Last Wednesday was a great evening for RSI! We held our first-ever “friendraising” event and presented our first-ever RSI Appreciation Award. Our generous friends at the Chicago office of the Skadden Arps law firm kindly hosted a beautiful reception for about 60 people. This was our first reception designed to introduce RSI to new friends in the Chicago corporate and legal world. Attendees included lawyers from some of Chicago’s largest corporations and law firms, judges from the counties where RSI conducts foreclosure mediation programs, and RSI’s own Board and staff members, with a sprinkling of local neutrals, funders and others. The two highlights of the program were remarks by the Illinois Attorney General and the presentation of the RSI Appreciation Award. (more…)
Posts Tagged ‘foreclosure mediation’
Foreclosure mediation programs can now be found all over the country. Models vary widely, both in their rules and procedures and in terms of the populations they serve. Most programs were started as a response to the mortgage foreclosure crisis and some programs have been around for a number of years now. While it’s often argued that the worst of the housing crisis is behind us and that foreclosure mediation programs are no longer necessary, new studies are revealing that the need is there, that programs can be effective, and that there are lessons to be learned in terms of how programs can maximize results.
Maine is one state evaluating its foreclosure response and concluding that foreclosure mediation is having a positive impact. (more…)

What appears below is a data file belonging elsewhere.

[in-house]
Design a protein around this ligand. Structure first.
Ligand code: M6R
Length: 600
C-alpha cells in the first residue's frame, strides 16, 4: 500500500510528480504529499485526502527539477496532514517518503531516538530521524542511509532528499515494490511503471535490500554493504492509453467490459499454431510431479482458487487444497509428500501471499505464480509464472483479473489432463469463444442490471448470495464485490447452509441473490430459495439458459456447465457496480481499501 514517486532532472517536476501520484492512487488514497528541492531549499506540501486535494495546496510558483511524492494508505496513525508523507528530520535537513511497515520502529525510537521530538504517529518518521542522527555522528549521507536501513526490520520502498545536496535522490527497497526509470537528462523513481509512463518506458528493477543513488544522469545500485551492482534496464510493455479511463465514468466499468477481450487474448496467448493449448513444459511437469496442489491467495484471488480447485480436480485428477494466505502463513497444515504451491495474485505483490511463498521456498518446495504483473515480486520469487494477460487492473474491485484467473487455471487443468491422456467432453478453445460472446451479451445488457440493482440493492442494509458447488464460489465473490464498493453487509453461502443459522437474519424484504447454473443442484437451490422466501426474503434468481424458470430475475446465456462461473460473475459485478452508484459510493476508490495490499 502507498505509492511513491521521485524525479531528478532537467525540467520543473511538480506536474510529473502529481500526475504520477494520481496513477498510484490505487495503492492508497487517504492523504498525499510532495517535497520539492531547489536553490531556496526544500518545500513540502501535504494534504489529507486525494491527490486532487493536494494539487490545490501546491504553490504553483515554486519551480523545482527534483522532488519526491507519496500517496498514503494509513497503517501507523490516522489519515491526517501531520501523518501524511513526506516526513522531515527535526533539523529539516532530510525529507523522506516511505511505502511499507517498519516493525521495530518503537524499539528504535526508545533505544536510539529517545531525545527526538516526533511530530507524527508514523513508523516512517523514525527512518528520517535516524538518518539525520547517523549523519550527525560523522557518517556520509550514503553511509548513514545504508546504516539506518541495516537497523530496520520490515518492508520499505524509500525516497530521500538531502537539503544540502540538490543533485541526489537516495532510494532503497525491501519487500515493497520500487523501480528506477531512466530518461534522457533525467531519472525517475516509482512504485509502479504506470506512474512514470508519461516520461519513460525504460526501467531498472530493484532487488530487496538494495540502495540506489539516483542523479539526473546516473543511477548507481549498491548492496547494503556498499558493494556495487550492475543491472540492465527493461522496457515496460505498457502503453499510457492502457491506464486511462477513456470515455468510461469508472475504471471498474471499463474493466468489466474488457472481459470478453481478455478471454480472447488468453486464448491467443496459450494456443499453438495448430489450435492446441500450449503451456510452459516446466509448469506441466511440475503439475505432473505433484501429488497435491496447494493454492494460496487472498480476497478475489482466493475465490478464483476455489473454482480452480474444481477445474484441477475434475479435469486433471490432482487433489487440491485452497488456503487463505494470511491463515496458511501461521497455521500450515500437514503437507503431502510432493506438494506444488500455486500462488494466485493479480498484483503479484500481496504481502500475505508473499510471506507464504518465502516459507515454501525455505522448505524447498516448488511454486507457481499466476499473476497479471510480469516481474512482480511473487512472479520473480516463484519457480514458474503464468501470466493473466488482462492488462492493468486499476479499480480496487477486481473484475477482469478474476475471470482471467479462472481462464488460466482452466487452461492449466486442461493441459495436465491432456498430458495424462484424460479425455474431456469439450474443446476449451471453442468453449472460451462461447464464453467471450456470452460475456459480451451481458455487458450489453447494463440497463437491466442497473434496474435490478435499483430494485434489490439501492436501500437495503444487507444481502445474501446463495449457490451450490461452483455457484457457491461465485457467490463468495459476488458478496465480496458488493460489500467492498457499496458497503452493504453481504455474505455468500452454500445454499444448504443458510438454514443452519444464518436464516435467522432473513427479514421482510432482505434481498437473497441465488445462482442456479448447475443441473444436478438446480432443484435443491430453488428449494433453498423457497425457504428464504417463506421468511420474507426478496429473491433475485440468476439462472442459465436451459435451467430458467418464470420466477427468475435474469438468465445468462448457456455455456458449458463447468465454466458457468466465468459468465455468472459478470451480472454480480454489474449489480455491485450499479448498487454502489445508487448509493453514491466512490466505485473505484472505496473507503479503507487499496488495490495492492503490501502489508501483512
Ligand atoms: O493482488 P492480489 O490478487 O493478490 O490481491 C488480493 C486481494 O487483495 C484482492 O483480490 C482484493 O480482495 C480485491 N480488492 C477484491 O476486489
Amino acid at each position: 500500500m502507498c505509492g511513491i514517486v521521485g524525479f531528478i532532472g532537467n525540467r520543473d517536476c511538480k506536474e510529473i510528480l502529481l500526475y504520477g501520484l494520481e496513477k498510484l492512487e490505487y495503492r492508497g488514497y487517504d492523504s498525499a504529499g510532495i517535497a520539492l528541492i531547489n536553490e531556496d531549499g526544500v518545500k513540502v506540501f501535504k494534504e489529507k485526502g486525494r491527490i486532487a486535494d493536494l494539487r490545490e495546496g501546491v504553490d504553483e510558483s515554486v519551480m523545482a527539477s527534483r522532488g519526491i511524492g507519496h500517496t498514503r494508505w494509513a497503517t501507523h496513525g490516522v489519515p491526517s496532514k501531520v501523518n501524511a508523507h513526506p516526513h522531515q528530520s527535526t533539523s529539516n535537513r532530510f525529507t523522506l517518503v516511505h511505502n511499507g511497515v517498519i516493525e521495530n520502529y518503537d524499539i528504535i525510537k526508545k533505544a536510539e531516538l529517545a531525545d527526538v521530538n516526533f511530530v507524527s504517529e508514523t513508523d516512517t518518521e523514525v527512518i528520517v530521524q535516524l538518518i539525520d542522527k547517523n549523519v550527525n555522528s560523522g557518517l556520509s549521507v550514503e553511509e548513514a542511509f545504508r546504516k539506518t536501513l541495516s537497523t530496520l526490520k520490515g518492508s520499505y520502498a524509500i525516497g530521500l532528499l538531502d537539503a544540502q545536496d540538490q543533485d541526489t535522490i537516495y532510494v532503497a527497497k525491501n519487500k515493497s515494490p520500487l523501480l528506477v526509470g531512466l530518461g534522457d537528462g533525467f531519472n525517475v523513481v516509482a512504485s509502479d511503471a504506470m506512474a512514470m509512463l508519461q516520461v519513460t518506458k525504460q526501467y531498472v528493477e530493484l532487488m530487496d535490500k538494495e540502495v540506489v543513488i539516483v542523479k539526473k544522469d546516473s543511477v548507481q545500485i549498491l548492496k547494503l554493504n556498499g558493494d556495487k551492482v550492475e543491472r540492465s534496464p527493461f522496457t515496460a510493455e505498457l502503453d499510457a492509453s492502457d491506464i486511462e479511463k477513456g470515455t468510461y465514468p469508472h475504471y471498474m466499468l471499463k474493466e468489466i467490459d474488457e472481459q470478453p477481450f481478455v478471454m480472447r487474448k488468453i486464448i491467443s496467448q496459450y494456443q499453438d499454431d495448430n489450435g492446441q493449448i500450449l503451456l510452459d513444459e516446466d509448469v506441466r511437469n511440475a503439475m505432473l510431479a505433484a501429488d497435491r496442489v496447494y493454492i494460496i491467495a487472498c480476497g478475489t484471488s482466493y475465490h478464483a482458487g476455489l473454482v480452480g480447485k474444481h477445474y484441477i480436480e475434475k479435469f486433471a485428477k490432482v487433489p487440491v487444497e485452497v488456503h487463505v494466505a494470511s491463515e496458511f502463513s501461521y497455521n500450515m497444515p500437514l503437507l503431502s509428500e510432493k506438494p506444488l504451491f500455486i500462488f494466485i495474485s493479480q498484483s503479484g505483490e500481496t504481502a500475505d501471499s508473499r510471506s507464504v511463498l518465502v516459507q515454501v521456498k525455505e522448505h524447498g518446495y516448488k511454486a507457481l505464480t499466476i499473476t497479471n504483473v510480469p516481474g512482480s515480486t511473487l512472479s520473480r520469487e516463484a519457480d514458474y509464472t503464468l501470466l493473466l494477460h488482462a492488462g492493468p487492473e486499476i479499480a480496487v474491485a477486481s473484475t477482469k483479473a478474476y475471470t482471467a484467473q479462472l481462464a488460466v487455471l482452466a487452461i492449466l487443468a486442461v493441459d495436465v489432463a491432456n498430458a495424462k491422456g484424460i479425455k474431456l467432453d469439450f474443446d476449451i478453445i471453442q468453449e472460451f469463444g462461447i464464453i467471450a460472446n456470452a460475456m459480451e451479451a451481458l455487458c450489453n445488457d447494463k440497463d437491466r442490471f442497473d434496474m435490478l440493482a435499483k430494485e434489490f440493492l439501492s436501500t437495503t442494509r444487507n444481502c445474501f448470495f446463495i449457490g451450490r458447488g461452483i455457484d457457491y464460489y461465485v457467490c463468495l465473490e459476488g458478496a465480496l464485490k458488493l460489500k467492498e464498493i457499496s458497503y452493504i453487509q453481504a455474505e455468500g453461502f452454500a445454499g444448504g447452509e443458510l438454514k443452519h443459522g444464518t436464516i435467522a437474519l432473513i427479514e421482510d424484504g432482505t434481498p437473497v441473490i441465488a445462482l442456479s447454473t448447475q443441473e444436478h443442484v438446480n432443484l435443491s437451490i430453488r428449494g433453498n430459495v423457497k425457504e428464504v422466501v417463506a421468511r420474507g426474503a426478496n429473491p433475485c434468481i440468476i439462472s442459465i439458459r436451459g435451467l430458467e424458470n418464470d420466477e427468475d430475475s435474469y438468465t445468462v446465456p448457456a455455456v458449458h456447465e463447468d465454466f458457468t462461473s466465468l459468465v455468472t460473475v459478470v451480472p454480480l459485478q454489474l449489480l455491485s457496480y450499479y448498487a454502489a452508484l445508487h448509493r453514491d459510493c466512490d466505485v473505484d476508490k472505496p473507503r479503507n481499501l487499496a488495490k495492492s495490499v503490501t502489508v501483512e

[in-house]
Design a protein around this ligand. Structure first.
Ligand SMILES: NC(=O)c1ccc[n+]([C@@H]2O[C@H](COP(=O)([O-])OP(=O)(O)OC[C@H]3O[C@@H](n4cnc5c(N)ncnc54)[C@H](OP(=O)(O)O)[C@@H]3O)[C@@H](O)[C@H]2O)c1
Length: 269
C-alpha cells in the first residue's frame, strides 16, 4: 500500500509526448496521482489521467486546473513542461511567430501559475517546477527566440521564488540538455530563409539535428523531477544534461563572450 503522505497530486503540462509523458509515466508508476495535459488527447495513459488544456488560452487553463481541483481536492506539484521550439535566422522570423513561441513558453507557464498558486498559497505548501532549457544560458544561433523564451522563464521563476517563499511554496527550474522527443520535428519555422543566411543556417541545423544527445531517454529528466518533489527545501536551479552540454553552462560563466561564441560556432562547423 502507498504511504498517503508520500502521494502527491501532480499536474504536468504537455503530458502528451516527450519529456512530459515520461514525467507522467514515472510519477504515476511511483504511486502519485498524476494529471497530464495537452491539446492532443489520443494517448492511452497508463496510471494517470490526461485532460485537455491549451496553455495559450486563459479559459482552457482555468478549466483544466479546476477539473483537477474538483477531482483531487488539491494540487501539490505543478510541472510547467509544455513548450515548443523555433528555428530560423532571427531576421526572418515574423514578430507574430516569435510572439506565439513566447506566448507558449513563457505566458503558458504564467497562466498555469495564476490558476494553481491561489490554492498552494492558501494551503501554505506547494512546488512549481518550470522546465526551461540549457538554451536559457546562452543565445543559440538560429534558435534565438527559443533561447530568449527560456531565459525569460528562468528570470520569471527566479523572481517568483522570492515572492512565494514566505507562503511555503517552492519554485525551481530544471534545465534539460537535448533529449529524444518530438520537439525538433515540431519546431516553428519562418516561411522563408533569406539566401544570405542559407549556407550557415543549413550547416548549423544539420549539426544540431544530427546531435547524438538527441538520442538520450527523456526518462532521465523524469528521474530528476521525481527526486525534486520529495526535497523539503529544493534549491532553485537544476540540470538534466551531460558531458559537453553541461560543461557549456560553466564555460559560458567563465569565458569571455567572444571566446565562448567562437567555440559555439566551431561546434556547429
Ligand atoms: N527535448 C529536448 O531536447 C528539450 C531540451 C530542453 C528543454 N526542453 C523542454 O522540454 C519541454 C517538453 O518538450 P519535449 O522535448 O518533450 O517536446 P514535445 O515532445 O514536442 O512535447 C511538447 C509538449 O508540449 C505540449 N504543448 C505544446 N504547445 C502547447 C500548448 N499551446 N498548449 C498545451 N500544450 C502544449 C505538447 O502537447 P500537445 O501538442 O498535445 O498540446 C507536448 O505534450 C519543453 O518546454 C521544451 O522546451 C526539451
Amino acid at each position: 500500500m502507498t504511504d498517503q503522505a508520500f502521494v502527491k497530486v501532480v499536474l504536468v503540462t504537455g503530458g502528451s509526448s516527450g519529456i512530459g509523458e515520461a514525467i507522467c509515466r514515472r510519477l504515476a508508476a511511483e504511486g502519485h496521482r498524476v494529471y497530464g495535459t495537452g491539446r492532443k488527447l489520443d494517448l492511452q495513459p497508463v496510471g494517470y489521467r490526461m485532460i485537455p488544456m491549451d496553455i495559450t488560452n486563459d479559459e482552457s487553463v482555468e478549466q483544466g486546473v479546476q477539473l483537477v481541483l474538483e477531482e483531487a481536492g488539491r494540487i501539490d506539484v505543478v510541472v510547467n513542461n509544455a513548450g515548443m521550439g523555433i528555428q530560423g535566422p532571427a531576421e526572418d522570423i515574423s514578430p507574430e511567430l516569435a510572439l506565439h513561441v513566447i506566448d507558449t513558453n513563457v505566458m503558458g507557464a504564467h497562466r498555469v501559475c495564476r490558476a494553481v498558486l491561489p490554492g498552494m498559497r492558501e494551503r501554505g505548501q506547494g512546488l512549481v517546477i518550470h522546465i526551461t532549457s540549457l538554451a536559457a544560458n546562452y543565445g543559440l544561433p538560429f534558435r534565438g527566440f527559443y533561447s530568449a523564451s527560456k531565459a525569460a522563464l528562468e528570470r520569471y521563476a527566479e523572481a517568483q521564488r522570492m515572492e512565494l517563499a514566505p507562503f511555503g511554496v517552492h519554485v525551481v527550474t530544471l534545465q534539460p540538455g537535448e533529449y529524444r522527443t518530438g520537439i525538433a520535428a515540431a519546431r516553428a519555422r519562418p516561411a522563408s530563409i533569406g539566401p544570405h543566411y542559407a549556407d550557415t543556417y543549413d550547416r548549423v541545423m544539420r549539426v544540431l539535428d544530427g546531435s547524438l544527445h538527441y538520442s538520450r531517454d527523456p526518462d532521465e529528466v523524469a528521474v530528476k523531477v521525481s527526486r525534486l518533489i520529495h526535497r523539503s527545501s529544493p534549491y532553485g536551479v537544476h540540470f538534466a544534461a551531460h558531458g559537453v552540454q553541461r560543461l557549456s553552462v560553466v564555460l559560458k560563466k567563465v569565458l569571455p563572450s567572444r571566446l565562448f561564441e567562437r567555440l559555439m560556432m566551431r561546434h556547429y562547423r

When Resolution Systems Institute received a grant from the Illinois Attorney General to develop foreclosure mediation programs across the state, it was our opportunity to practice what we preach. From RSI’s inception, we’ve been telling courts that they need to monitor and evaluate their mediation programs to ensure that they’re providing quality services to those who come to them to resolve disputes. We’ve also been urging them to incorporate the development of a monitoring and evaluation system into their program design process. Too often, courts have decided against doing this, or have settled for a system that collects minimal data, such as number of mediations and number of settlements. The main problem has been lack of staff and money to develop and maintain such a system, as well as, perhaps, a lack of understanding of what it could provide. (more…)
There have been some interesting new developments in the arena of foreclosure mediation recently. These developments and rule changes signal that jurisdictions continue to recognize the important role that mediation can play in the housing crisis recovery and that programs are being refined to ensure greater efficacy and efficiency.
First, in the Chicago area, the Chancery Court of Cook County has amended its rules that affect mortgage foreclosure mediation. Effective August 1, 2013, these new procedures are designed to streamline the foreclosure mediation process and make it more effective. For example, parties are now required to exchange and review all documents prior to referral to mediation. Homeowners must submit financial documents and the lender must review them in a timely manner in order for the process to move forward. The goal is that when mediation occurs, both parties have the information they need to make decisions and work toward an outcome. (more…)
On July 24th a report was released by the Special Inspector General for the Troubled Asset Relief Program (SIGTARP) that gave an update on the success rates of homeowners participating in the Home Affordable Modification Program (HAMP). HAMP is a federal government program designed to help homeowners impacted by financial hardship by modifying their monthly mortgage payment. For homeowners who are eligible, the modification permanently changes the original terms of the mortgage. The report shows that of 1.2 million homeowners who received a HAMP permanent modification since the beginning of the HAMP program, 26% had redefaulted. Moreover, the more time that had passed since a homeowner had received a HAMP permanent modification, the more likely they were to have redefaulted, with the oldest HAMP modifications from 2009 at a 46% redefault rate. (more…)